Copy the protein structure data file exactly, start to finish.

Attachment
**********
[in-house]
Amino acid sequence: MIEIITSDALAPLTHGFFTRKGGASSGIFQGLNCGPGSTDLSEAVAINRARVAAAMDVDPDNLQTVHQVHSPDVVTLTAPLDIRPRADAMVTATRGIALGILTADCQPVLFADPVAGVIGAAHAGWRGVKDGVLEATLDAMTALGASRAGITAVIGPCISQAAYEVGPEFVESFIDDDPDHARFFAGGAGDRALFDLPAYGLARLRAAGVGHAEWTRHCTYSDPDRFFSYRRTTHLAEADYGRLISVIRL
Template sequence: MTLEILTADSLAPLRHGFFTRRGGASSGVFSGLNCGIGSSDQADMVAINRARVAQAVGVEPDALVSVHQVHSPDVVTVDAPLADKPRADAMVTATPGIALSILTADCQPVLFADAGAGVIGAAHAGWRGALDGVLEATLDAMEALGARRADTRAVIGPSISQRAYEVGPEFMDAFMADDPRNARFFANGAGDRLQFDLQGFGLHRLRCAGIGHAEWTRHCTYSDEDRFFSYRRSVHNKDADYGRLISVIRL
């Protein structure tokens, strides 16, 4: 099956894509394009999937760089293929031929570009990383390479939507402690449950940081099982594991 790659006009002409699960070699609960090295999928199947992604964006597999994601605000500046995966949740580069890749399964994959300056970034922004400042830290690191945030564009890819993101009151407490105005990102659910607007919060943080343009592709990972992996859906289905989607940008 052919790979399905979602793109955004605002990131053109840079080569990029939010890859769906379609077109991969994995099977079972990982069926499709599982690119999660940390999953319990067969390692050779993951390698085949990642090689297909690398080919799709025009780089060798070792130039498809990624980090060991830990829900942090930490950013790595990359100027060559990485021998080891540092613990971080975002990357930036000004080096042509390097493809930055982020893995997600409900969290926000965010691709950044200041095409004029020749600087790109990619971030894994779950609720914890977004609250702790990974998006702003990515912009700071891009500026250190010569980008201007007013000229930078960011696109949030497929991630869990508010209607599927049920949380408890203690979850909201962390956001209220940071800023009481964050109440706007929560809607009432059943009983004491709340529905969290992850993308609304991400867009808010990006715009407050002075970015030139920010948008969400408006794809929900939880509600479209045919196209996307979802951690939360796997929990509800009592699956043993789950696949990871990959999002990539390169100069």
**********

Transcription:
[in-house]
Amino acid sequence: MIEIITSDALAPLTHGFFTRKGGASSGIFQGLNCGPGSTDLSEAVAINRARVAAAMDVDPDNLQTVHQVHSPDVVTLTAPLDIRPRADAMVTATRGIALGILTADCQPVLFADPVAGVIGAAHAGWRGVKDGVLEATLDAMTALGASRAGITAVIGPCISQAAYEVGPEFVESFIDDDPDHARFFAGGAGDRALFDLPAYGLARLRAAGVGHAEWTRHCTYSDPDRFFSYRRTTHLAEADYGRLISVIRL
Template sequence: MTLEILTADSLAPLRHGFFTRRGGASSGVFSGLNCGIGSSDQADMVAINRARVAQAVGVEPDALVSVHQVHSPDVVTVDAPLADKPRADAMVTATPGIALSILTADCQPVLFADAGAGVIGAAHAGWRGALDGVLEATLDAMEALGARRADTRAVIGPSISQRAYEVGPEFMDAFMADDPRNARFFANGAGDRLQFDLQGFGLHRLRCAGIGHAEWTRHCTYSDEDRFFSYRRSVHNKDADYGRLISVIRL
């Protein structure tokens, strides 16, 4: 099956894509394009999937760089293929031929570009990383390479939507402690449950940081099982594991 790659006009002409699960070699609960090295999928199947992604964006597999994601605000500046995966949740580069890749399964994959300056970034922004400042830290690191945030564009890819993101009151407490105005990102659910607007919060943080343009592709990972992996859906289905989607940008 052919790979399905979602793109955004605002990131053109840079080569990029939010890859769906379609077109991969994995099977079972990982069926499709599982690119999660940390999953319990067969390692050779993951390698085949990642090689297909690398080919799709025009780089060798070792130039498809990624980090060991830990829900942090930490950013790595990359100027060559990485021998080891540092613990971080975002990357930036000004080096042509390097493809930055982020893995997600409900969290926000965010691709950044200041095409004029020749600087790109990619971030894994779950609720914890977004609250702790990974998006702003990515912009700071891009500026250190010569980008201007007013000229930078960011696109949030497929991630869990508010209607599927049920949380408890203690979850909201962390956001209220940071800023009481964050109440706007929560809607009432059943009983004491709340529905969290992850993308609304991400867009808010990006715009407050002075970015030139920010948008969400408006794809929900939880509600479209045919196209996307979802951690939360796997929990509800009592699956043993789950696949990871990959999002990539390169100069």